Problem-based learning is a student-centered experience which promotes critical thinking and problem-solving skills by asking students to apply theories and discipline-specific knowledge to situations relevant to the student's area of study. This pedagogical best practice is currently being used, with much success, in various colleges across the university.
At the college level, this sort of instruction gets no “Common Core” imprimatur (the Common Core applying only to K12 education). Rather, it gets labeled as “best-practices,” “research-based,” and, above all, “innovative.” And, free as we may be to teach how we want, we face increasing pressure  to adhere to the notions that certain people have of what these three terms mean when applied, oh so critically, to real-life scenarios.


C T said...

One of the great things about online courses is the inherent limitations on group work. This introverted person went to class to learn a subject, not to be drawn out of my shell by my teachers. Socialization is far more enjoyable when entered into freely.

Auntie Ann said...

I've pointed out before the bullying issue with group work. This has hit our kid hard, and we have years of report cards all saying that he doesn't do well in group work, with not a single report card talking of how he has had to deal with being bullied year in and year out.

Teachers, who are often oblivious to both the pecking order and to bullying, grade the low-ranking kids down because they don't work well with their tormentors. In our case, there were two bullies in our kids grade, both with their posses who would follow the lead, then there were the kids who were happy to laugh along, then there were the kids who--understandably--stood by and did nothing, then there was our kid...who had to come off the playground after another round of being treated like the class goat, and cooperate with the others.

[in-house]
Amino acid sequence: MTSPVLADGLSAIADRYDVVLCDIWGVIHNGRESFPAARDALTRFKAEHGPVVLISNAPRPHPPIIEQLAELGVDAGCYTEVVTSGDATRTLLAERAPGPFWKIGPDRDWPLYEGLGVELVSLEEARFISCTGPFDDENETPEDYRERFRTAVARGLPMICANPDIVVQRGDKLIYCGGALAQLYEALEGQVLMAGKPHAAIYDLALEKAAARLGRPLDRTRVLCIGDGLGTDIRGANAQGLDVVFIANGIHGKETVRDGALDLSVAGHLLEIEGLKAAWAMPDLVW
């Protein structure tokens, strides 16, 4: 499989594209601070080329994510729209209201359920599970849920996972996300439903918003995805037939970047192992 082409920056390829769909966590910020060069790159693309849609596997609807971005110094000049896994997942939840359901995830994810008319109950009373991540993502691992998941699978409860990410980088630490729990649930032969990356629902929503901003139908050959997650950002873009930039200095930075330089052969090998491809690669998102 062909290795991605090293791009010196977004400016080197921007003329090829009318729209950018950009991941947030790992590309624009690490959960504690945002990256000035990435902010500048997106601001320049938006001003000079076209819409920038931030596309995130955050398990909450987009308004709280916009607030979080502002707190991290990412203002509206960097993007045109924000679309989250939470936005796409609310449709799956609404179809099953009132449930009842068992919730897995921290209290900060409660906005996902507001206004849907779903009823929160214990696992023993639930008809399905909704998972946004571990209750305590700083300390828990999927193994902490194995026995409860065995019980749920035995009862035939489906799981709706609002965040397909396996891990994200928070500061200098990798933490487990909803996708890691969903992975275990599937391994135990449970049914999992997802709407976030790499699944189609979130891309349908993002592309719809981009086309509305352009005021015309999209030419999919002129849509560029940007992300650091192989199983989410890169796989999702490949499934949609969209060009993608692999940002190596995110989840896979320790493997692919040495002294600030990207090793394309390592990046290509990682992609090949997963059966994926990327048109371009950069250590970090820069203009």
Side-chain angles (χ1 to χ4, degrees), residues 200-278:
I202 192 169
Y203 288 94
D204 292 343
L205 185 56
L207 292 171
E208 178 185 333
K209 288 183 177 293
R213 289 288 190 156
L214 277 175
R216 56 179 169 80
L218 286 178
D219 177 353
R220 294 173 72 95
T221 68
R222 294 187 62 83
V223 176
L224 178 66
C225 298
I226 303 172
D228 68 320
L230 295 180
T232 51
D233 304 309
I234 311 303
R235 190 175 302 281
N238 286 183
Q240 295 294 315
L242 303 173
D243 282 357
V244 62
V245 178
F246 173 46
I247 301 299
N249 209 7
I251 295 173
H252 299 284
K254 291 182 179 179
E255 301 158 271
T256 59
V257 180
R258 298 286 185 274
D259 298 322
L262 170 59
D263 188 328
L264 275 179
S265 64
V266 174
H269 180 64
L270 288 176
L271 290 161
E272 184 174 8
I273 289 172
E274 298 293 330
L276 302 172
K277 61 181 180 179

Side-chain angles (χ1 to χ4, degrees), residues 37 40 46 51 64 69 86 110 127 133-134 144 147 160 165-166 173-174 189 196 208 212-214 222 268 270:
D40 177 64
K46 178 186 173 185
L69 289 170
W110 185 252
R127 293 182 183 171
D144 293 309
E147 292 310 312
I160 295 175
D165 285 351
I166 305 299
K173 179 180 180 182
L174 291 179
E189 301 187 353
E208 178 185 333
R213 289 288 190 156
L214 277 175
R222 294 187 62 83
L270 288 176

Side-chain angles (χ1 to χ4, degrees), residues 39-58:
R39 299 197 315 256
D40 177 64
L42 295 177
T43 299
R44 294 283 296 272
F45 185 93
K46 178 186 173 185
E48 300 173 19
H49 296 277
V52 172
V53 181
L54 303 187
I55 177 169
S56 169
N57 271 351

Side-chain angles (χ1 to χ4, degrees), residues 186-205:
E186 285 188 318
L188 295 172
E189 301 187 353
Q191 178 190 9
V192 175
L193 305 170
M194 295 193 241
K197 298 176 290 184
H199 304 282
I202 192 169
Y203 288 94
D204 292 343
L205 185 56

Teachers are so oblivious to all of it. Whether there obliviousness is willful is another question.

Niels Henrik Abel said...

I love how all these untrained teachers feel free to practice armchair psychology. Who are they to dictate that "shy" students must come out of their "shell"? It's the height of arrogance for them to mold all students to the supposed extrovert ideal.

I wish they'd get stiff penalties for practicing psychology without a license. Maybe, just maybe, then they'd stop with that nonsense.

Anonymous said...

"Teachers are so oblivious to all of it. Whether there obliviousness is willful is another question."

It's willful. Just see what happens if the bullied kid retaliates effectively. Those teachers will be right on the spot, protecting the precious little bullies.

lgm said...